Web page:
If you have a prior criminal conviction, getting a fresh start can be challenging. But a new Missouri expungement law that went into effect in 2018 makes it easier for many people to do just that.
Here are a few important details of the law you’ll want to keep in mind before speaking with a qualified attorney about your case.
Which Crimes Are Ineligible for Expungement?
Not all offenses qualify for expungement. The following crimes are currently excluded under Missouri law:
- Class A felonies
- Dangerous felonies as defined in SS556.061 RSMo
- Any crime requiring registration as a sex offender
- Felony offense of assault
- Various other crimes embedded within the statute – some of these include felony stealing, certain election offenses, forgery, mortgage fraud, defrauding secured creditors, fraudulent use of a credit device, contaminating a water supply or felon in possession of a firearm
- Traffic violations by individuals with a Commercial Driver’s License
How Does Expungement in Missouri Work?
Your petition for expungement must be filed in the same court in which you were charged or found guilty of charges.
Your petition must name as defendants the following individuals or entities you believe to have records pertaining to your case:
- Law enforcement agencies
- Prosecuting or circuit attorneys
- Municipal prosecuting attorneys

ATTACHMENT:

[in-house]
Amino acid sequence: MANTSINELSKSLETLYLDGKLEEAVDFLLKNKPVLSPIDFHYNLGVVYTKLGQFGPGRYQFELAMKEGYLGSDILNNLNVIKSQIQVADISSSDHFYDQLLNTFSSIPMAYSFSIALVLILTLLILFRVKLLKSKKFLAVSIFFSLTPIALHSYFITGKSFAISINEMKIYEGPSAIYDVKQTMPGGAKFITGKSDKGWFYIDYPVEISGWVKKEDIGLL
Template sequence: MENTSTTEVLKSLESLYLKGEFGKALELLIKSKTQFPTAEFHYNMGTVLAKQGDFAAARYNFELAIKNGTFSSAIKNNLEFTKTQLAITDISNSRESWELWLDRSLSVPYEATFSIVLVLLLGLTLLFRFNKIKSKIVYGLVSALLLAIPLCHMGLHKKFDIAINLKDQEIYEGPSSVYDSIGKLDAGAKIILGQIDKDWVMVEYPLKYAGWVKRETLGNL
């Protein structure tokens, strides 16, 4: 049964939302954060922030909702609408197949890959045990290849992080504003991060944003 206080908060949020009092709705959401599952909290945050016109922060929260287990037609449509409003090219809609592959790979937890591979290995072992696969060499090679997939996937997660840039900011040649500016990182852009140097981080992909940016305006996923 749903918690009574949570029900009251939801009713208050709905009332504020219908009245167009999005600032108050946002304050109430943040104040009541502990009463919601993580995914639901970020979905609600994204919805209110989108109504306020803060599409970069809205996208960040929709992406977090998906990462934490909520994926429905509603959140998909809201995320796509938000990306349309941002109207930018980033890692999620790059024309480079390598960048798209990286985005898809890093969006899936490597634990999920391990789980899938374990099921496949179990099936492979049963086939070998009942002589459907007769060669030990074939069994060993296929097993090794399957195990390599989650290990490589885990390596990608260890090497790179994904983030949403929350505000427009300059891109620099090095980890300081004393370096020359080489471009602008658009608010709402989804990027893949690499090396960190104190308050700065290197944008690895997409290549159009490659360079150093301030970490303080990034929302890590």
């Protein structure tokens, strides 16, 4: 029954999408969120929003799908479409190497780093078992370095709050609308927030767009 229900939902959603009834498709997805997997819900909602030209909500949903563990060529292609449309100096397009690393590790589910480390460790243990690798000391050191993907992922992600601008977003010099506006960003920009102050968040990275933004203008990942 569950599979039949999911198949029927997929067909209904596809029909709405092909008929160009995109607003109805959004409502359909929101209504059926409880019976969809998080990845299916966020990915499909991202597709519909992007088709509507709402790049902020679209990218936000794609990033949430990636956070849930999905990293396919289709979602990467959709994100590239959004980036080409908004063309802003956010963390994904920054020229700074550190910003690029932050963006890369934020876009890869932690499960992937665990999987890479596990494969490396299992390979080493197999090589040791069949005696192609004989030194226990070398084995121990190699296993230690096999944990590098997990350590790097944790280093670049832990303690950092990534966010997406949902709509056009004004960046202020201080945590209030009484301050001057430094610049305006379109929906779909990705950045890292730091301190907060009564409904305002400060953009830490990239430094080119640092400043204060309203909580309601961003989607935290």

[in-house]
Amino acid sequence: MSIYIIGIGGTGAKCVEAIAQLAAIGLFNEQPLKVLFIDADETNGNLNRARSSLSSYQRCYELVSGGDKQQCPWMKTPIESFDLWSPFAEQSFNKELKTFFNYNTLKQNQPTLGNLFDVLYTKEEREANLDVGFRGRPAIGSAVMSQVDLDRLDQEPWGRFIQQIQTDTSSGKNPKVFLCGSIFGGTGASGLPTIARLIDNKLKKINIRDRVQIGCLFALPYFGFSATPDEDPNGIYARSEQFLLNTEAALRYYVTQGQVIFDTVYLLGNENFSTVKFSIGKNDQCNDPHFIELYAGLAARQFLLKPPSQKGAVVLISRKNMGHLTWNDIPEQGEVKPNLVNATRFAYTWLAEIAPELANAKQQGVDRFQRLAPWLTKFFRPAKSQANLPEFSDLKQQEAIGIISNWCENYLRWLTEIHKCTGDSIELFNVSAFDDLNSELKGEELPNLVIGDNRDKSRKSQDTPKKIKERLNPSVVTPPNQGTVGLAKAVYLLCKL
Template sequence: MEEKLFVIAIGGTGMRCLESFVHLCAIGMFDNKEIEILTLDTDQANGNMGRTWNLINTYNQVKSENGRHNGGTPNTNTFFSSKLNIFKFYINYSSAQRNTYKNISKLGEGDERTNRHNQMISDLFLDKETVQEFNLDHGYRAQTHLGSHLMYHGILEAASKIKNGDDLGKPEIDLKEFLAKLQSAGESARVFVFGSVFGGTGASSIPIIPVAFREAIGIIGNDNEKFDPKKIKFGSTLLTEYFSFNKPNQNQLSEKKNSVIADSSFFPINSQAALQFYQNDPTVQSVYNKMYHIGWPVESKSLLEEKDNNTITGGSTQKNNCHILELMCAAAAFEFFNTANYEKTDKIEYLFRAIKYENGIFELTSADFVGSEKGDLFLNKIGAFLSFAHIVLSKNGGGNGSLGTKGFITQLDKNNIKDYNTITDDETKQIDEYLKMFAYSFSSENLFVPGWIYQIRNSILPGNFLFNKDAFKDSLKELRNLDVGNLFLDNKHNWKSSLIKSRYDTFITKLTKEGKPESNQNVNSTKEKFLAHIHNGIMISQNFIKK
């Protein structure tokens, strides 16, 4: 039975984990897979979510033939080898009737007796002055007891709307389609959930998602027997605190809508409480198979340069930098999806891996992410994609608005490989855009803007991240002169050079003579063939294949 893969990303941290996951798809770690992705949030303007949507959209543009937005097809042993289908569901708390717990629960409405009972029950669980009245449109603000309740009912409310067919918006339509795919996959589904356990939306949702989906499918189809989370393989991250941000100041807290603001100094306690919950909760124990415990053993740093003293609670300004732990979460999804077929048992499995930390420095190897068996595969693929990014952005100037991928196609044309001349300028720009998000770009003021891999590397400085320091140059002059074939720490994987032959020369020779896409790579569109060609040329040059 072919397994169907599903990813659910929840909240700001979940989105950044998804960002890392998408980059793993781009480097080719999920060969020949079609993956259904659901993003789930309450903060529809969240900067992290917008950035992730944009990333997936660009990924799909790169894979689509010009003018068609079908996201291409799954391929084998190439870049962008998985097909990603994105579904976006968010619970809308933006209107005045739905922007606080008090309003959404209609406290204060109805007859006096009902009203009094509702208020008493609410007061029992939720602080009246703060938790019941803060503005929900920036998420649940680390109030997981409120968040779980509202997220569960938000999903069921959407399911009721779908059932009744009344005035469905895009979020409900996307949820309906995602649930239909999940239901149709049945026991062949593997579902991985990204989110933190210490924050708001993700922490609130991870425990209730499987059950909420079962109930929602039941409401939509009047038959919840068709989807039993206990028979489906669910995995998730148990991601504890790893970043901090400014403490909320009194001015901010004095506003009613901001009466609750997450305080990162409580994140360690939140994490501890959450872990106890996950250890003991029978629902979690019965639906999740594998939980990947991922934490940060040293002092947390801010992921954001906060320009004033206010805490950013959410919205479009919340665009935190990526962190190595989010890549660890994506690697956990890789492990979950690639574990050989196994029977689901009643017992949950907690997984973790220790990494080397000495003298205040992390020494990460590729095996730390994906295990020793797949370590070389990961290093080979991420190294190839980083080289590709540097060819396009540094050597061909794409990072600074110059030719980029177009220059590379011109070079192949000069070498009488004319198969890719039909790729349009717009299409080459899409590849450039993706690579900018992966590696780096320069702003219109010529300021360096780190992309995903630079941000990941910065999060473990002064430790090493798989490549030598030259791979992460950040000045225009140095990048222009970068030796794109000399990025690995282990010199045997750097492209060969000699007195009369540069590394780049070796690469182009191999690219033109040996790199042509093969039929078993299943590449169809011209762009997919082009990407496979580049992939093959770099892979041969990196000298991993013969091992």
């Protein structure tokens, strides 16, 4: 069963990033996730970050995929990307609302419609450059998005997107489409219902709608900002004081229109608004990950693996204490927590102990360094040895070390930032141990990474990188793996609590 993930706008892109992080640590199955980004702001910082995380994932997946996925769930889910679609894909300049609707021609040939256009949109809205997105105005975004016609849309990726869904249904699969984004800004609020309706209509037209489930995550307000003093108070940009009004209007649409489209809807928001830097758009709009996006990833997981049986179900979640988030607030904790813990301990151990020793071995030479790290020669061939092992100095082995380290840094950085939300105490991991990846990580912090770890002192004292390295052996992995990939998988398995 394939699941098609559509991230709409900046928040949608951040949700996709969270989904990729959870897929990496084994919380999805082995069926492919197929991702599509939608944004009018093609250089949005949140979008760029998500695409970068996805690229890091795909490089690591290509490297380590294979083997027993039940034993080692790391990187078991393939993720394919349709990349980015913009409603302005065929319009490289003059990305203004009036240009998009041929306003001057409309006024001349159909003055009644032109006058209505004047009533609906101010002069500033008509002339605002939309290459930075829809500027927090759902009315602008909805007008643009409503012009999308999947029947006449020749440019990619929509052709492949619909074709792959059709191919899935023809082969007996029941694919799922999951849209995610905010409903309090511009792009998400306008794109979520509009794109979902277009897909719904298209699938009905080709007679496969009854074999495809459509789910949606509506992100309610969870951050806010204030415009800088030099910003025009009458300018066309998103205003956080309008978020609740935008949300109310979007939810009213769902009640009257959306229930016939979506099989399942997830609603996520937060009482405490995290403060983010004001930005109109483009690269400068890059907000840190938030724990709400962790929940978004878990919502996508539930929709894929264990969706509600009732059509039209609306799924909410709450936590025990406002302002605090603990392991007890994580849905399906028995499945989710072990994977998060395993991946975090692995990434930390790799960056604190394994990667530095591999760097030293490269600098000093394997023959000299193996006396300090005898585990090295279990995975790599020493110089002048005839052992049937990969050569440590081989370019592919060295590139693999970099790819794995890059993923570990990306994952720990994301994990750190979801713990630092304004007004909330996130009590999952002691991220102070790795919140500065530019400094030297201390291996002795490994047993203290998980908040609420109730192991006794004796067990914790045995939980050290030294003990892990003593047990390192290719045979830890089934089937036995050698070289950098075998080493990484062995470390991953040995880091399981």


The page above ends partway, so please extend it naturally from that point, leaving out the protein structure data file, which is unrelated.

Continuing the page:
- Central state repositories of criminal records
- Other entities
Defendants have 30 days to object to the expungement, and the court must hold a hearing within 60 days of an objection being filed. If no objection is filed within 30 days of your petition, the court may set a hearing and give reasonable notice to all interested parties.
What Evidence Is Considered in Expungement Cases?
Missouri courts will consider the following forms of evidence when considering a petition for expungement:
- It has been at least seven years for a felony or three years for a misdemeanor since the petitioner completed disposition
- Petitioner has not been found guilty of any other felonies or misdemeanors other than some traffic violations
- Petitioner has satisfied all required obligations related to the relevant charges including fines
- Petitioner has no charges pending
- Petitioner’s habits and conduct indicate that petitioner is not a threat to public safety
- Expungement is consistent with public welfare
Expungement and Job Applications
A successful expungement means that you may legally answer “no” to most employers who ask if you have ever been convicted of a criminal offense.
Be aware that some types of employment still require disclosure of a past conviction or expungement, including:
- State-operated lottery and emergency services provider, including law enforcement agencies
- Federally insured banks, savings institutions or credit unions, or affiliates of such institutions
- Any entity in the business of insurance
- Any employer that is required to exclude applicants with certain criminal convictions
Do you have a prior conviction that may be holding you back as you seek to find the right job for building the new life you seek?
Contact Eng & Woods for a free consultation. Our expungement attorneys will help you determine whether the new expungement law could benefit you and help you navigate the petition process.
October 18, 2018